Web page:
I was flattered this week to be referred to make a birthday cake by someone who I was lucky enough to work with during my most formative months as a very green pastry cook, during a time when my metamorphosis from medicine to pastry was still raw and disorienting. Undoubtedly, cake requests are always flattering but if the recommendation comes from someone equally or more qualified than me, the compliment is that much sweeter. Thanks Fionna.
This cake would satisfy any chocolate lover and is most elegant in its simplicity. I was asked to combine milk and dark chocolate in glorious mousse form and naturally, with rich chocolate cake. For some crunch, a sprinkle of cocoa nibs intermingled between the layers. My current design motif involves rings; I have recently been surrounding myself with annular patterns, in jewelry, a Pylones thermos, and now in chocolate. Perhaps, I'm tired of corners?
Some leftover mousse and cake allowed me to throw together a few individual portions to enjoy and photograph. Call it quality control or maybe show and tell, since with cake requests, I can never photograph a cake's interior and show it to you folks!
Monday, January 26, 2009
Monday, January 19, 2009
The traditional colour central to all Chinese weddings is red. From the invitation, to tablecloths, to the bride's dress, everything is red, representing love and happiness. Equally important in Chinese culture is prosperity which is represented by gold. Put red and gold together you have the obligatory Chinese wedding colour scheme. Personally, I do not think I have ever owned a red dress (I'm shy) and instead wore a ivory and gold cheong sam during my wedding reception.
For the unconventional Chinese bride who loves French pastry and citrus, lemon macarons with lemon curd and a sprinkle of edible gold dust were perfect. Although I have seen red macarons before in Paris which would have looked spectacular with a splash of gold dust, an unpleasant amount of artificial colouring is required to achieve an intense red that does not appear pink. As you may guess, I am not a big fan of red velvet cake either (sorry!).
As a nice pairing to the lemon macarons, there were also green tea macarons with white chocolate coconut ganache filling which received a light silver lustre. The flavours were very complementary and appealed to the Asian palate. Matcha powder is becoming easier to find in stores these days and gives a lovely earthy green hue to the final product; however, it does have a strong flavour which can be overpowering and if you use too much like I did in a pastry cream once, you end up with something that resembles algae!
Monday, January 12, 2009
Not all couples get wedding cakes on their wedding day. In fact, I briefly considered having a wedding pie but did not have the guts to break from tradition. Our friends Kat and Calvin decided to have a selection of petits fours as part of their wedding celebration "after party" this weekend and I was happy to oblige. There were eight different types in total but here are four.
There were mini chocolate cupcakes with two types of Italian buttercream swirls, milk chocolate hazelnut or white chocolate passionfruit. Transporting them without utter destruction was a challenge, especially with those sinister potholes cropping up all over Vancouver streets lately. My solution was to use strips of double-sided tape on trays to prevent each mini-cupcake from getting too cozy with its neighbour.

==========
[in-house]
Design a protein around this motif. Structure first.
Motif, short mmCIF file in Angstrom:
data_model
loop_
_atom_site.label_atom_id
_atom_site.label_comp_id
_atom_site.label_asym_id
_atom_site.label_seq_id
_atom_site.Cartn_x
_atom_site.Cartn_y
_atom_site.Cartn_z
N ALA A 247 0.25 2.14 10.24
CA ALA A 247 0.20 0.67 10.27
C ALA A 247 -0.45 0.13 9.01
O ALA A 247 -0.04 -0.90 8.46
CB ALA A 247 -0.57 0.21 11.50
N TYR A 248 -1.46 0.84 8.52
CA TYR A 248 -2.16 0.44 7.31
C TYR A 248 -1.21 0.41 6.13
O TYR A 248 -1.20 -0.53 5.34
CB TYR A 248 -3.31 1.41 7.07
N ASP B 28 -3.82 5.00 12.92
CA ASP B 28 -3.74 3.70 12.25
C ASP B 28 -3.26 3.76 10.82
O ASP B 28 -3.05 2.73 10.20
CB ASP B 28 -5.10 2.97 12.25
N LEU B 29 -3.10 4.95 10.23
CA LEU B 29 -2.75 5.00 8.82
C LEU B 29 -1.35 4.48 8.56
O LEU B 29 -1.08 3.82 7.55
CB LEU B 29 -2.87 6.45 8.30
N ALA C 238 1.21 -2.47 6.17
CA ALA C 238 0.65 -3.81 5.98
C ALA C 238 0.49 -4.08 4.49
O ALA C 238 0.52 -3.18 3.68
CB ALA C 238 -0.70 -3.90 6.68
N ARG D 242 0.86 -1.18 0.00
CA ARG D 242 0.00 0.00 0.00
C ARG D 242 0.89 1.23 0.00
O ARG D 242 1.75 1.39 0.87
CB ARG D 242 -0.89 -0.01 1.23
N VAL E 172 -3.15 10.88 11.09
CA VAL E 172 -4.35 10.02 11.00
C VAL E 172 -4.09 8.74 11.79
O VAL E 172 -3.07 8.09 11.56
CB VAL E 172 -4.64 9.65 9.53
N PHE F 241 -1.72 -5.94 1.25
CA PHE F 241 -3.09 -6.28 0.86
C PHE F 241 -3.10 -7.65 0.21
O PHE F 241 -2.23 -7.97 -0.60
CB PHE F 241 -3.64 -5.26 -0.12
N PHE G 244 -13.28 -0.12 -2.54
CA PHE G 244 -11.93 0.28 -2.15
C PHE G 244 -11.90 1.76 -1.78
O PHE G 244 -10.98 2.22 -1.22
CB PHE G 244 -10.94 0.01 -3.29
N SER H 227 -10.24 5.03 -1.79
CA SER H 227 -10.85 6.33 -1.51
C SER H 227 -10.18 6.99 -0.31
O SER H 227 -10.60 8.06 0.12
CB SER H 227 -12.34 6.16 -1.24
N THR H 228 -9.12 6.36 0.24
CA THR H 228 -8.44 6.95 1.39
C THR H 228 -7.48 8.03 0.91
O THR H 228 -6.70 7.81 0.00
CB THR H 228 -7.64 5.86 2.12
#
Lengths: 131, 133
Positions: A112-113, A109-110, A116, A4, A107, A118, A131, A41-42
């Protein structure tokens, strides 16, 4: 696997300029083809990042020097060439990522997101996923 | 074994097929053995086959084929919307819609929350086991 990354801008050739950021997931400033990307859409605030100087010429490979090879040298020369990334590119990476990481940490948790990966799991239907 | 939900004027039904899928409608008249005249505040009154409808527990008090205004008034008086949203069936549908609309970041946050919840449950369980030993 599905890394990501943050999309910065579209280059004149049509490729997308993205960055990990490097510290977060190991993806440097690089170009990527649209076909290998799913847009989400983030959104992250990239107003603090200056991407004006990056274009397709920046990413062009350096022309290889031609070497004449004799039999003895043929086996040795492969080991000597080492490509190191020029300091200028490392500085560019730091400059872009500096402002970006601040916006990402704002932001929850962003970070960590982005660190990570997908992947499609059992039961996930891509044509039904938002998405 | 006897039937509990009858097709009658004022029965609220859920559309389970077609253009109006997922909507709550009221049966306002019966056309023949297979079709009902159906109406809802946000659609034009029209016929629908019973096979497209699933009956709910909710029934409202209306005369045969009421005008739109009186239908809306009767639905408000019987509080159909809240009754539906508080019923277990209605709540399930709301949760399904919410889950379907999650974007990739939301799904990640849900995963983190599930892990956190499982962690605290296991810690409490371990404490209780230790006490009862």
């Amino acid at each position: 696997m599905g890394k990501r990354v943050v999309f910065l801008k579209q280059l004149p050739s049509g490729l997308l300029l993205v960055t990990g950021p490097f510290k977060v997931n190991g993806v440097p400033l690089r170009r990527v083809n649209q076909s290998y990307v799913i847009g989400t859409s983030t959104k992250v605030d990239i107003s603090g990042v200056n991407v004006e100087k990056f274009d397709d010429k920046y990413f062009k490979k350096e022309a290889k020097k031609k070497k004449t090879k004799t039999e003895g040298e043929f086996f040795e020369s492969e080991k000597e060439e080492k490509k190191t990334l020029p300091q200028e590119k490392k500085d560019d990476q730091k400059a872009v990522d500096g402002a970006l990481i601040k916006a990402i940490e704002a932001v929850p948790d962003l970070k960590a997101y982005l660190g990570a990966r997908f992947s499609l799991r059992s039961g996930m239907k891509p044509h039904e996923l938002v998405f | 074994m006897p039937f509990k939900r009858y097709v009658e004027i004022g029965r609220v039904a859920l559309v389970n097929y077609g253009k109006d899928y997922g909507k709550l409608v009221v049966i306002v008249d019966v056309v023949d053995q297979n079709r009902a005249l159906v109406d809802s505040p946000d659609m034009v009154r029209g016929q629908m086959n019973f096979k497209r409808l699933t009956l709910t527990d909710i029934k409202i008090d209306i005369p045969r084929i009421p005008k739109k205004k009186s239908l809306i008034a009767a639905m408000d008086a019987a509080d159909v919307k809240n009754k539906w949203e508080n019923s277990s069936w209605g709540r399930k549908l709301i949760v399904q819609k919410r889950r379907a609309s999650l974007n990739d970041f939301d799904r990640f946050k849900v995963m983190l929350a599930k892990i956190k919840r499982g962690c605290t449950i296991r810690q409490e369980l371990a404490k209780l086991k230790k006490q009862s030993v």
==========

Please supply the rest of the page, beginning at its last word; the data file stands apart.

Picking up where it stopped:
Next, a delicate dark chocolate mousse bite included layers of strawberry gelée, caramel mousse, and chocolate dacquoise. Its fruitier counterpart was a quince bavaroise bite which was layered with mango gelée, lime marshmallow, and pistachio joconde and adorned with a small meringue heart. I just wished that I could have actually attended the event too but wifely duty called me elsewhere that evening. So, to the new husband and wife...congratulations Kat and Calvin!
Monday, January 5, 2009
My husband and I celebrated our fifth wedding anniversary last week and despite the record snowfall in Vancouver, we had a superb time. In fact, five years earlier, our wedding day was preceded by snowfall which gave the perfect backdrop to our ceremony, cold and crisp but clear with freshly dusted North shore mountains glowing at sunset. Oh I'm gushing.
This year's gift, in accordance with the traditional anniversary gift list, is wood, seemingly not the most romantic of substances, but nonetheless worthy of giving in some form to the one you love. The Scrabble Premier Wood Edition game was the obvious choice for him, especially appropriate for wintery house-bound evenings. So far, we are tied at one game each and I am expanding my vocabulary with legitimate 2-letter words.
After some brainstorming, my secondary gift which had to be wood-related but edible was the cinnamon bun. True cinnamon is the bark from the Cinnamomum zeylanicum tree, although, what North Americans call cinnamon is more likely a related species, Cinnamomum aromaticum, which is also called cassia, a more intensely flavoured and woodier bark.
As seasoned alumni of the University of British Columbia, Eric and I both have a soft spot for those legendary UBC cinnamon buns and several years ago, I found the official recipe (I use butter instead of margarine). These buns are not as gooey and smothered in icing as typical cinnamon buns; instead, they have a lovely caramelized crust and soft interior. As a freshman, I may have consumed one per day before my waistline begged me not to. Happy Anniversary!